what are the cause of resistance in a conductor
Asked by bhanu563y | 6th Jan, 2020, 10:35: PM
The metal has large number of electrons and equal number of positive ions which do not move while electrons move freely.
Electrons moves randomly when wire is not connected to cell. They keeps on colliding among themselves and with positive ions.
When the metal wire is connected to the cell, potential difference is applied across the wire and electrons at negative terminal inside it experience a force towards the direction of positive terminal.
This force leads to the increase in the speed of electrons and during this movement they collide with fixed positive ions and lose some of the kinetic energy which again leads to the decrease in their speed.
This leads to the heating up of wire.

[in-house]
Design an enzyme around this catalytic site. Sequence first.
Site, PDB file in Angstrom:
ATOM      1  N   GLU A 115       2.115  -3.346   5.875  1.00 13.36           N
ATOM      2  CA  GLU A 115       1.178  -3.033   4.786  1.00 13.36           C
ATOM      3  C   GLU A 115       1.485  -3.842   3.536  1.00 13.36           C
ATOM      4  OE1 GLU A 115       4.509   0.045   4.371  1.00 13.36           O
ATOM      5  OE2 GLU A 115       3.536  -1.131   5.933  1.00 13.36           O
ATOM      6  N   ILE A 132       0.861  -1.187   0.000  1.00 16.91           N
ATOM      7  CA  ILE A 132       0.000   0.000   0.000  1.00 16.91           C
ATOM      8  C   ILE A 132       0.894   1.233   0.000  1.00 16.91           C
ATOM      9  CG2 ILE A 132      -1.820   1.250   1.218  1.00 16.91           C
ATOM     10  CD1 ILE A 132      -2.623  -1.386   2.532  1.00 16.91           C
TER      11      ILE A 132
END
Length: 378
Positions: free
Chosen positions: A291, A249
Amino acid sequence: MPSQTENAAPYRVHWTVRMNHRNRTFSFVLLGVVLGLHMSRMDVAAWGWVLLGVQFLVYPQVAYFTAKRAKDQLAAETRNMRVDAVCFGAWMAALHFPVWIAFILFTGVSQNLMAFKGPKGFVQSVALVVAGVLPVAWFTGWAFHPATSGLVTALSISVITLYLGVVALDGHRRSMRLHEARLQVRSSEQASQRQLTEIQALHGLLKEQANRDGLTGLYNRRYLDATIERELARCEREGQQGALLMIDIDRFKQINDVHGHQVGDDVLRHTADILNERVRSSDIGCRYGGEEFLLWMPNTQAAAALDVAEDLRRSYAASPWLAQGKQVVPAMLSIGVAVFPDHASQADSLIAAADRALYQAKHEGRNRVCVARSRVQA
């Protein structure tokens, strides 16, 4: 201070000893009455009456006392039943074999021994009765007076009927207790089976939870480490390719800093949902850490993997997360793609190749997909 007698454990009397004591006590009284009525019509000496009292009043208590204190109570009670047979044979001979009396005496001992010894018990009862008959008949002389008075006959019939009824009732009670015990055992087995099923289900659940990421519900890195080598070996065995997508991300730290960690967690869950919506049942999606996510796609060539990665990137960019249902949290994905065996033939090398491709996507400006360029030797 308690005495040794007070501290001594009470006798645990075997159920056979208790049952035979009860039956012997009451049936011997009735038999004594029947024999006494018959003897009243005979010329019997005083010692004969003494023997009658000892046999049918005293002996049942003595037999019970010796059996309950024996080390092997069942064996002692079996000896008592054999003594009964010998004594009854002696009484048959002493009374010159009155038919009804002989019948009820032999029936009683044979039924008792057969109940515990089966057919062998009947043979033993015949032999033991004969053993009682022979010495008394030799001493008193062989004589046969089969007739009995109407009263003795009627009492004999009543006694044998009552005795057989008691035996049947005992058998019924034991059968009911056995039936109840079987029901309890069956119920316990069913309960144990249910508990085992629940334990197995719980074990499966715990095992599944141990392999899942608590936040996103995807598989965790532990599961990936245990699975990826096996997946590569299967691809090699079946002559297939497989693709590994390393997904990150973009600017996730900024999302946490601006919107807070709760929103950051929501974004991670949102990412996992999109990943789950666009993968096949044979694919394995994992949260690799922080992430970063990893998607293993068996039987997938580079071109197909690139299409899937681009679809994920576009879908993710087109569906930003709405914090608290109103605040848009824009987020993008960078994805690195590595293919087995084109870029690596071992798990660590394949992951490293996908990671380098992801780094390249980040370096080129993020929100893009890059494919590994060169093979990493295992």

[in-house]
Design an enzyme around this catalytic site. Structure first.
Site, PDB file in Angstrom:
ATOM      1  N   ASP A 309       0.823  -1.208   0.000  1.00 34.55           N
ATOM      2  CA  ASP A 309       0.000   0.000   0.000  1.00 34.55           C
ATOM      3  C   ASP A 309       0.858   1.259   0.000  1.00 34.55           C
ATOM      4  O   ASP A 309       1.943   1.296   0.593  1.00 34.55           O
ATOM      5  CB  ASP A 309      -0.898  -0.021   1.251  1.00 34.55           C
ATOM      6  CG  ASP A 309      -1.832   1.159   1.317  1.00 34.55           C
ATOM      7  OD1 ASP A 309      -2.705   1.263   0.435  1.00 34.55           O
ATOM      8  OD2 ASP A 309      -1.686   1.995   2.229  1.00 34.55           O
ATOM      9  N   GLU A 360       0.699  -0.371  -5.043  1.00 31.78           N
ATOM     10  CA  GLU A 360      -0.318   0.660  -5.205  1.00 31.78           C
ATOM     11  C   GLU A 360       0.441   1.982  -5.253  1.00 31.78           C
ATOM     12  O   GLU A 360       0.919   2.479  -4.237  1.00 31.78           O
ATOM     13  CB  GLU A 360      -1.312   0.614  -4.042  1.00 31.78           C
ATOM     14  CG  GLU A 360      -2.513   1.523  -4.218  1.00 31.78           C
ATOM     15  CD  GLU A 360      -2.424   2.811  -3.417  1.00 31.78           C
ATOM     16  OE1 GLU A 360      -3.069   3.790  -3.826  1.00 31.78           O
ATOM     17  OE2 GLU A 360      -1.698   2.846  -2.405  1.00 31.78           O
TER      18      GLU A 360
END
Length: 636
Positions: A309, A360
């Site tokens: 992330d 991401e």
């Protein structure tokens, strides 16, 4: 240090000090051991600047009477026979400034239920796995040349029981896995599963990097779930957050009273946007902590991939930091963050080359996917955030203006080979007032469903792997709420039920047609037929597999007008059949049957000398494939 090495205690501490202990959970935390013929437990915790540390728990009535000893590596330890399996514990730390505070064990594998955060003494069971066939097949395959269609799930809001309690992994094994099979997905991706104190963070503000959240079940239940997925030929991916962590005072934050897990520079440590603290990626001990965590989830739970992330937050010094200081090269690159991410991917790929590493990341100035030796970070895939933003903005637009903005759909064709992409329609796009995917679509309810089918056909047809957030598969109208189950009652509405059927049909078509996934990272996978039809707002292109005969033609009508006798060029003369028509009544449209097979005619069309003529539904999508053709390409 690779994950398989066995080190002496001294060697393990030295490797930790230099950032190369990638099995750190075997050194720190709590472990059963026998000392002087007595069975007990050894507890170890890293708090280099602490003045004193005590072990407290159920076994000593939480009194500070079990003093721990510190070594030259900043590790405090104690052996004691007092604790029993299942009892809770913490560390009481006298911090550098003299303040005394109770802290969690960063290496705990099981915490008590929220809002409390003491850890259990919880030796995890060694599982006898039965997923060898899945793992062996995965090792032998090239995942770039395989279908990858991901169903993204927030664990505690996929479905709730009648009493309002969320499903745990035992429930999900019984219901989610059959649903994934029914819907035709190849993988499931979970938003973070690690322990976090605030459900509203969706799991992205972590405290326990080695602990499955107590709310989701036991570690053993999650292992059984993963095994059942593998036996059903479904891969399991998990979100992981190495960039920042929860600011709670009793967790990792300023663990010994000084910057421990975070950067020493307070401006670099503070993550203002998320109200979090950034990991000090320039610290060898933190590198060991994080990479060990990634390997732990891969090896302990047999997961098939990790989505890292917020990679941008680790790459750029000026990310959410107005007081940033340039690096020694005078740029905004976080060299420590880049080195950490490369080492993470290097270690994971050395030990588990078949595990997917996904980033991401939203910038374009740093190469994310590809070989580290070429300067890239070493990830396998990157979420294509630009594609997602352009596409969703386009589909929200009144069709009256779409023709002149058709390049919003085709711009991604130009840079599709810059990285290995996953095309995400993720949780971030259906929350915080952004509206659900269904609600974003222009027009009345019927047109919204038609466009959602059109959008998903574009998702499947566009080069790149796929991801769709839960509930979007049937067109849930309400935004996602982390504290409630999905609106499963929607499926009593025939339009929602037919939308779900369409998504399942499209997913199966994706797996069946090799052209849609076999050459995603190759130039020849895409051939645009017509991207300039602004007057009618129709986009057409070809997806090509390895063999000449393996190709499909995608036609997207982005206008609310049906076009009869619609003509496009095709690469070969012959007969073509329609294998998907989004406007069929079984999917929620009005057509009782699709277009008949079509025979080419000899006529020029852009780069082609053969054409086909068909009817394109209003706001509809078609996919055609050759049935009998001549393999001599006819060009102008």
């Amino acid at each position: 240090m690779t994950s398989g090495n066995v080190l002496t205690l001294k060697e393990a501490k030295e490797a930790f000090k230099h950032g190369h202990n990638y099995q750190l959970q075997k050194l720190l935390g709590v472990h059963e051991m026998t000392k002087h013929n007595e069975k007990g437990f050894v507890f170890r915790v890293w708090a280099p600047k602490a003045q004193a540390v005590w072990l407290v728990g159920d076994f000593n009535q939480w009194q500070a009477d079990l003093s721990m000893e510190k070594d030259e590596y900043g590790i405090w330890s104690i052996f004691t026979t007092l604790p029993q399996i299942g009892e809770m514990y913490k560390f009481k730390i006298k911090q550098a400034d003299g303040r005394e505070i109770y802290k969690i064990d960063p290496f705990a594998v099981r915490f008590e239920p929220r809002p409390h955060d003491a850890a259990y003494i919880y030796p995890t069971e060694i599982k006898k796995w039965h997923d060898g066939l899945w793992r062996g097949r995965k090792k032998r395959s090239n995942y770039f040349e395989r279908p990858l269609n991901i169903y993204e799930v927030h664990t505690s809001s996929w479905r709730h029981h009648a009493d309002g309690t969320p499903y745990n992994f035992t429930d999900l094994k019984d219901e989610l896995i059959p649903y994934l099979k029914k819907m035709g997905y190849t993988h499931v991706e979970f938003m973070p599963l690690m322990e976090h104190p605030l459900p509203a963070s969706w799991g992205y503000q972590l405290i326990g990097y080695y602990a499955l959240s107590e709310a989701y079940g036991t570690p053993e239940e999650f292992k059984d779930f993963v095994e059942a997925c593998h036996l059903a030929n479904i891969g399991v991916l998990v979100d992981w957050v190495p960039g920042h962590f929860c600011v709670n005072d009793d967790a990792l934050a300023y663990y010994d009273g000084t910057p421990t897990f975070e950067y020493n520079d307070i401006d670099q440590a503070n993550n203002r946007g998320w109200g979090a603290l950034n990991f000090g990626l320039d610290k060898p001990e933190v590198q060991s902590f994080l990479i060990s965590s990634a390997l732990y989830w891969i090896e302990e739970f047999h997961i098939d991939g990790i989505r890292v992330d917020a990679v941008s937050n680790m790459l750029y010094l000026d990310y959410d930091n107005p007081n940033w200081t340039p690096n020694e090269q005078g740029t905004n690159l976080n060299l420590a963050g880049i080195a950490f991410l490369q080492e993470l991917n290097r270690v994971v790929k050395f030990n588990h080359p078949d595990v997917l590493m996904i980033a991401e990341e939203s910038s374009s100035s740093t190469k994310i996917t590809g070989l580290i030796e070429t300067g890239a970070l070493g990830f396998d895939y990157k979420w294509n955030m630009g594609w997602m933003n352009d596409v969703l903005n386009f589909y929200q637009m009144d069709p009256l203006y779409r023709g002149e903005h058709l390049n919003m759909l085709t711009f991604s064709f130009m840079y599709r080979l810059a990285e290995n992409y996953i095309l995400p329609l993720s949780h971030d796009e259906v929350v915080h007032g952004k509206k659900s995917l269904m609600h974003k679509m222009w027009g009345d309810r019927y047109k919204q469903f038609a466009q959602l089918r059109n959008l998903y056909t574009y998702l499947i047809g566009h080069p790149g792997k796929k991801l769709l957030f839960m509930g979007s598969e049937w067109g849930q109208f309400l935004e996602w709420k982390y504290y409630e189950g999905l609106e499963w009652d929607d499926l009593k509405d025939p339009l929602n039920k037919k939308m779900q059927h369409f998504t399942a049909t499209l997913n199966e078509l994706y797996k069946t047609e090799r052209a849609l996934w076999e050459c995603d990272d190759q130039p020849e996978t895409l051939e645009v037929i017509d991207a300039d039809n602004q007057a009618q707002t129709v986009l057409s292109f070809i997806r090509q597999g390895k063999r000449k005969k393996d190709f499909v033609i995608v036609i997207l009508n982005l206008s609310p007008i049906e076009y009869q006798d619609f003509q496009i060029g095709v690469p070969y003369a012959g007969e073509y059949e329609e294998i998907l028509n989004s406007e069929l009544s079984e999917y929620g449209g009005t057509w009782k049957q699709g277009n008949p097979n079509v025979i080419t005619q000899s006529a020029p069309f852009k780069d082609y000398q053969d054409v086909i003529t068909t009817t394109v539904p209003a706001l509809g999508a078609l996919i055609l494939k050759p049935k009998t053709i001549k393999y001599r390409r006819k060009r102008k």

After collision the electrons again get accelerated towards the positive terminal and the process continues.
Thus, electrons do not move in a bulk with continuously increasing speed but experiences a drift towards the positive terminals.
Thus, metal wire offers a resistance to flow of electrons flowing through it.
Hence, resistance in a wire or conductor depends on the number of collisions suffered by the electrons with the positive ions while moving from one end to another end.
Answered by Shiwani Sawant | 7th Jan, 2020, 11:11: AM
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